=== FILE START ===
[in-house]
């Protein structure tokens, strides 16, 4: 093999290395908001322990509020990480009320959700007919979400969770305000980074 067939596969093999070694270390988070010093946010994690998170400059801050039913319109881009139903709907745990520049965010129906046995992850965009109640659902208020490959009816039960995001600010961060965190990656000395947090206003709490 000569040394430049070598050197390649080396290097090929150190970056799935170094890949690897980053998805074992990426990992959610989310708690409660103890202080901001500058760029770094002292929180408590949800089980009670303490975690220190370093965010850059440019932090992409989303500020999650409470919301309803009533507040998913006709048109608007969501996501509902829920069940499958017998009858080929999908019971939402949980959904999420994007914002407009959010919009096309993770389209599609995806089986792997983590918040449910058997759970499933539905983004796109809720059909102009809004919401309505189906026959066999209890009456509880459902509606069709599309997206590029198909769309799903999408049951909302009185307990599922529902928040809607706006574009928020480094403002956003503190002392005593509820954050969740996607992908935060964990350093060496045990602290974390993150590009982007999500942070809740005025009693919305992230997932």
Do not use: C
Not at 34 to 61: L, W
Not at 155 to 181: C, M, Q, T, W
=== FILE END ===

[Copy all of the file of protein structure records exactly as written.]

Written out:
[in-house]
């Protein structure tokens, strides 16, 4: 093999290395908001322990509020990480009320959700007919979400969770305000980074 067939596969093999070694270390988070010093946010994690998170400059801050039913319109881009139903709907745990520049965010129906046995992850965009109640659902208020490959009816039960995001600010961060965190990656000395947090206003709490 000569040394430049070598050197390649080396290097090929150190970056799935170094890949690897980053998805074992990426990992959610989310708690409660103890202080901001500058760029770094002292929180408590949800089980009670303490975690220190370093965010850059440019932090992409989303500020999650409470919301309803009533507040998913006709048109608007969501996501509902829920069940499958017998009858080929999908019971939402949980959904999420994007914002407009959010919009096309993770389209599609995806089986792997983590918040449910058997759970499933539905983004796109809720059909102009809004919401309505189906026959066999209890009456509880459902509606069709599309997206590029198909769309799903999408049951909302009185307990599922529902928040809607706006574009928020480094403002956003503190002392005593509820954050969740996607992908935060964990350093060496045990602290974390993150590009982007999500942070809740005025009693919305992230997932």
Do not use: C
Not at 34 to 61: L, W
Not at 155 to 181: C, M, Q, T, W